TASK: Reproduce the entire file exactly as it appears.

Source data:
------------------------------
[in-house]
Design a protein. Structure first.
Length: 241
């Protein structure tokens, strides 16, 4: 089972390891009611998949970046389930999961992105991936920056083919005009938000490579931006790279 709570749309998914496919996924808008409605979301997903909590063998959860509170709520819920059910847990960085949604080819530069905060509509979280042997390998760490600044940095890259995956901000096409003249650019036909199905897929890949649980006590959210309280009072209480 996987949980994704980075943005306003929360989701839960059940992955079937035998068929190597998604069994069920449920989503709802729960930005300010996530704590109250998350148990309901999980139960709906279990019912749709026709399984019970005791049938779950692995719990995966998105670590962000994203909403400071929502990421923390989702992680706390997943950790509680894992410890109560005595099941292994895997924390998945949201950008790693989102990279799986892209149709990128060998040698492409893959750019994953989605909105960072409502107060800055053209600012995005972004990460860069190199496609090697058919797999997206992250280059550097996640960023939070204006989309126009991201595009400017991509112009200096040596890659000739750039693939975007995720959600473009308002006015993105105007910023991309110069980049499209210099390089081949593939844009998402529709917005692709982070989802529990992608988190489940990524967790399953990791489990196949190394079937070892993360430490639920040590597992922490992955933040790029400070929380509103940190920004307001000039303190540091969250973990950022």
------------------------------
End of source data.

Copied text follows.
[in-house]
Design a protein. Structure first.
Length: 241
């Protein structure tokens, strides 16, 4: 089972390891009611998949970046389930999961992105991936920056083919005009938000490579931006790279 709570749309998914496919996924808008409605979301997903909590063998959860509170709520819920059910847990960085949604080819530069905060509509979280042997390998760490600044940095890259995956901000096409003249650019036909199905897929890949649980006590959210309280009072209480 996987949980994704980075943005306003929360989701839960059940992955079937035998068929190597998604069994069920449920989503709802729960930005300010996530704590109250998350148990309901999980139960709906279990019912749709026709399984019970005791049938779950692995719990995966998105670590962000994203909403400071929502990421923390989702992680706390997943950790509680894992410890109560005595099941292994895997924390998945949201950008790693989102990279799986892209149709990128060998040698492409893959750019994953989605909105960072409502107060800055053209600012995005972004990460860069190199496609090697058919797999997206992250280059550097996640960023939070204006989309126009991201595009400017991509112009200096040596890659000739750039693939975007995720959600473009308002006015993105105007910023991309110069980049499209210099390089081949593939844009998402529709917005692709982070989802529990992608988190489940990524967790399953990791489990196949190394079937070892993360430490639920040590597992922490992955933040790029400070929380509103940190920004307001000039303190540091969250973990950022």